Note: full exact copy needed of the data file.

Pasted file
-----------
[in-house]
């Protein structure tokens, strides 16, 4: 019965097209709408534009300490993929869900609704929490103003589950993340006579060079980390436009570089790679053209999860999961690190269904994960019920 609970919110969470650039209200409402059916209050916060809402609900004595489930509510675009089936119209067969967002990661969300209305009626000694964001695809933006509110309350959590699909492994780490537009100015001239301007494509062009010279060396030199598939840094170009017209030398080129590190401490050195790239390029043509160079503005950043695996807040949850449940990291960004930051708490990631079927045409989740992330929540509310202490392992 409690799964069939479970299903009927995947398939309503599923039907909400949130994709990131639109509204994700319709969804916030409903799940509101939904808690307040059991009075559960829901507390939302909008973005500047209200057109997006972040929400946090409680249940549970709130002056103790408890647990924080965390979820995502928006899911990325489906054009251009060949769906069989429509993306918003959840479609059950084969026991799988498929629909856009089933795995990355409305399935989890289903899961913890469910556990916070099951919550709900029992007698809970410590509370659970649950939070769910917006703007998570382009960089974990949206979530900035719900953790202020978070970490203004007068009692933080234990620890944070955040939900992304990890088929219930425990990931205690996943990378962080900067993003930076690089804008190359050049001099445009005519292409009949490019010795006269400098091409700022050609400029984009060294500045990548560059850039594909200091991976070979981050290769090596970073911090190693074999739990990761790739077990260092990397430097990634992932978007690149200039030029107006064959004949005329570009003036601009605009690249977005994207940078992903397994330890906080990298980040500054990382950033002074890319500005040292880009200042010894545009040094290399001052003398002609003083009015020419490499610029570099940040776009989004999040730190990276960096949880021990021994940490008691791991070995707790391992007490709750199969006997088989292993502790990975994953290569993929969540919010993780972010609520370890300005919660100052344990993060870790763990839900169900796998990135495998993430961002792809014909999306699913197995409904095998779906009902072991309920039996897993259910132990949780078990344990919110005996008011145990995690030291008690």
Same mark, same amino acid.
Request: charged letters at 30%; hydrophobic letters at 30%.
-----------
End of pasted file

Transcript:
[in-house]
């Protein structure tokens, strides 16, 4: 019965097209709408534009300490993929869900609704929490103003589950993340006579060079980390436009570089790679053209999860999961690190269904994960019920 609970919110969470650039209200409402059916209050916060809402609900004595489930509510675009089936119209067969967002990661969300209305009626000694964001695809933006509110309350959590699909492994780490537009100015001239301007494509062009010279060396030199598939840094170009017209030398080129590190401490050195790239390029043509160079503005950043695996807040949850449940990291960004930051708490990631079927045409989740992330929540509310202490392992 409690799964069939479970299903009927995947398939309503599923039907909400949130994709990131639109509204994700319709969804916030409903799940509101939904808690307040059991009075559960829901507390939302909008973005500047209200057109997006972040929400946090409680249940549970709130002056103790408890647990924080965390979820995502928006899911990325489906054009251009060949769906069989429509993306918003959840479609059950084969026991799988498929629909856009089933795995990355409305399935989890289903899961913890469910556990916070099951919550709900029992007698809970410590509370659970649950939070769910917006703007998570382009960089974990949206979530900035719900953790202020978070970490203004007068009692933080234990620890944070955040939900992304990890088929219930425990990931205690996943990378962080900067993003930076690089804008190359050049001099445009005519292409009949490019010795006269400098091409700022050609400029984009060294500045990548560059850039594909200091991976070979981050290769090596970073911090190693074999739990990761790739077990260092990397430097990634992932978007690149200039030029107006064959004949005329570009003036601009605009690249977005994207940078992903397994330890906080990298980040500054990382950033002074890319500005040292880009200042010894545009040094290399001052003398002609003083009015020419490499610029570099940040776009989004999040730190990276960096949880021990021994940490008691791991070995707790391992007490709750199969006997088989292993502790990975994953290569993929969540919010993780972010609520370890300005919660100052344990993060870790763990839900169900796998990135495998993430961002792809014909999306699913197995409904095998779906009902072991309920039996897993259910132990949780078990344990919110005996008011145990995690030291008690």
Same mark, same amino acid.
Request: charged letters at 30%; hydrophobic letters at 30%.